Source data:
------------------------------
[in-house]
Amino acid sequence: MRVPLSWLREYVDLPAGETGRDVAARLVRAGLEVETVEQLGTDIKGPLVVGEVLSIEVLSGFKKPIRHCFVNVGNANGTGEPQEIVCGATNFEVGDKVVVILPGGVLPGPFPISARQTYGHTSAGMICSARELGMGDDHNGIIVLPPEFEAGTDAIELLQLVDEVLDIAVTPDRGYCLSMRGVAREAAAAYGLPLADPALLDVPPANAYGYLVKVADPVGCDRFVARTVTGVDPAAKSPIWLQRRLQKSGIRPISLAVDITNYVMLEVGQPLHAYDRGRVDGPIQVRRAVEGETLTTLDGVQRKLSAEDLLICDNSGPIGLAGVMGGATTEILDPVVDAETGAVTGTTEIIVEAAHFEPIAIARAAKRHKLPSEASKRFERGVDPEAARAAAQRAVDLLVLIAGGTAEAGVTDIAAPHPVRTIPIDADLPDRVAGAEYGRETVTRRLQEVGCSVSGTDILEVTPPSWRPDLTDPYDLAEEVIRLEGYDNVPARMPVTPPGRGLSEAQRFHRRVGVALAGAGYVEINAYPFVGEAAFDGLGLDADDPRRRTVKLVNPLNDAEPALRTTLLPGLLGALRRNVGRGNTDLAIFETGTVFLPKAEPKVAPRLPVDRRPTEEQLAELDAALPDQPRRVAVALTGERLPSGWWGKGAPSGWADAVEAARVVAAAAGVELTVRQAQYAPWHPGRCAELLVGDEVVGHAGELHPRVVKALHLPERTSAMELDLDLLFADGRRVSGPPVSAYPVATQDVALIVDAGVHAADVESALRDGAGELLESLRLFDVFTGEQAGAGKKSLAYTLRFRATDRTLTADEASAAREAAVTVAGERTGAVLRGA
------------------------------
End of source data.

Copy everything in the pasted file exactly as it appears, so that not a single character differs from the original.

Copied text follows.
[in-house]
Amino acid sequence: MRVPLSWLREYVDLPAGETGRDVAARLVRAGLEVETVEQLGTDIKGPLVVGEVLSIEVLSGFKKPIRHCFVNVGNANGTGEPQEIVCGATNFEVGDKVVVILPGGVLPGPFPISARQTYGHTSAGMICSARELGMGDDHNGIIVLPPEFEAGTDAIELLQLVDEVLDIAVTPDRGYCLSMRGVAREAAAAYGLPLADPALLDVPPANAYGYLVKVADPVGCDRFVARTVTGVDPAAKSPIWLQRRLQKSGIRPISLAVDITNYVMLEVGQPLHAYDRGRVDGPIQVRRAVEGETLTTLDGVQRKLSAEDLLICDNSGPIGLAGVMGGATTEILDPVVDAETGAVTGTTEIIVEAAHFEPIAIARAAKRHKLPSEASKRFERGVDPEAARAAAQRAVDLLVLIAGGTAEAGVTDIAAPHPVRTIPIDADLPDRVAGAEYGRETVTRRLQEVGCSVSGTDILEVTPPSWRPDLTDPYDLAEEVIRLEGYDNVPARMPVTPPGRGLSEAQRFHRRVGVALAGAGYVEINAYPFVGEAAFDGLGLDADDPRRRTVKLVNPLNDAEPALRTTLLPGLLGALRRNVGRGNTDLAIFETGTVFLPKAEPKVAPRLPVDRRPTEEQLAELDAALPDQPRRVAVALTGERLPSGWWGKGAPSGWADAVEAARVVAAAAGVELTVRQAQYAPWHPGRCAELLVGDEVVGHAGELHPRVVKALHLPERTSAMELDLDLLFADGRRVSGPPVSAYPVATQDVALIVDAGVHAADVESALRDGAGELLESLRLFDVFTGEQAGAGKKSLAYTLRFRATDRTLTADEASAAREAAVTVAGERTGAVLRGA